District Court Properly Found Class Action’s State Law Claims Fell within Scope of Securities Litigation Uniform Standards Act (SLUSA) Sixth Circuit Holds
Plaintiff filed a putative class action against Fifth Third Bank and its holding company, Fifth Third Bancorp., alleging breach of fiduciary duty and breach of contract. Segal v. Fifth Third Bank, N.A., 581 F.3d 305, 308 (6th Cir. 2009). According to the allegations underlying the class action complaint, Fifth Third “ breached its fiduciary and contractual duties to the class in three ways: (1) It invested fiduciary assets in proprietary (and often higher-fee) Fifth Third mutual funds rather than superior funds operated by the Bank’s competitors; (2) it promised trust beneficiaries that their fiduciary accounts would receive ‘individualized’ management and breached that agreement by providing standardized and largely automated management…, often by ‘relatively inexperienced’ and ‘low-level’ employees…; and (3) it invested too many of the funds’ assets in low-yielding investments in order to cover the accounts’ near-term tax liabilities.” Id. Defense attorneys moved to dismiss the class action on the grounds that the state law claims were preempted by the Securities Litigation Uniform Standards Act of 1998 (SLUSA); the district court agreed and dismissed the class action complaint. Id. The Sixth Circuit affirmed.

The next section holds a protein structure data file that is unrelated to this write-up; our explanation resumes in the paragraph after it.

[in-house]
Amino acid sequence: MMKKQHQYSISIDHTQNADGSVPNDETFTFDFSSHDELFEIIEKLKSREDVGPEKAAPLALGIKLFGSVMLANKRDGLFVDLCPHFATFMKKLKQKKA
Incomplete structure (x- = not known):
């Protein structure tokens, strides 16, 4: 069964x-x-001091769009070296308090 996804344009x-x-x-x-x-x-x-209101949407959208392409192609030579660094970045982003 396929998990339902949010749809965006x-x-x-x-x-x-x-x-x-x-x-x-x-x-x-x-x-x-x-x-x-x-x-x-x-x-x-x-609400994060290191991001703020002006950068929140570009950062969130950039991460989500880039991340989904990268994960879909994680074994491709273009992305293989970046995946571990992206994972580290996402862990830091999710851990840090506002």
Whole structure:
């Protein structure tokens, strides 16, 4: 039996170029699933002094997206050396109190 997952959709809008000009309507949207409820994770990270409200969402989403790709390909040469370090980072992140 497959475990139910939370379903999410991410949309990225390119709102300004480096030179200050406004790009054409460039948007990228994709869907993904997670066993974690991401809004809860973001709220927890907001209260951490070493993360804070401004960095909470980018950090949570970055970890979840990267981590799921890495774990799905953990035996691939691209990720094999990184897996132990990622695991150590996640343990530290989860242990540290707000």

The Sixth Circuit explained that Congress enacted Private Securities Litigation Reform Act (PSRLA) to “curb ‘perceived abuses’ of federal class-action securities litigation by imposing special requirements and obstacles on claimants filing such actions.” Segal, at 308 (citations omitted). However, “some claimants responded by ‘avoid[ing] the federal forum altogether,’ bringing ‘class actions under state law, often in state court’ instead.” Id., at 309 (citation omitted). Because this “was not what Congress had in mind,” it enacted SLUSA: its purpose was to “‘prevent certain State private securities class action lawsuits alleging fraud from being used to frustrate the objectives of’ PLSRA…[by] expressly prohibit[ing] certain state law class actions,” id. (citation omitted). The Circuit Court explained that “SLUSA prohibits a claimant from filing a class action when four things are true: (1) the class action is ‘covered,’ which means it involves more than fifty members; (2) the claims are based on state law; (3) the action involves a ‘covered security,’ which means a nationally listed security; and (4) the complaint alleges ‘an untrue statement or omission of a material fact in connection with’ buying or selling a covered security or a ‘manipulative or deceptive device or contrivance in connection with’ buying or selling a covered security.” Id. (citations omitted). The parties agreed that the first three of these requirements were satisfied by the class action – the question on appeal was whether the last requirement had been met. Id.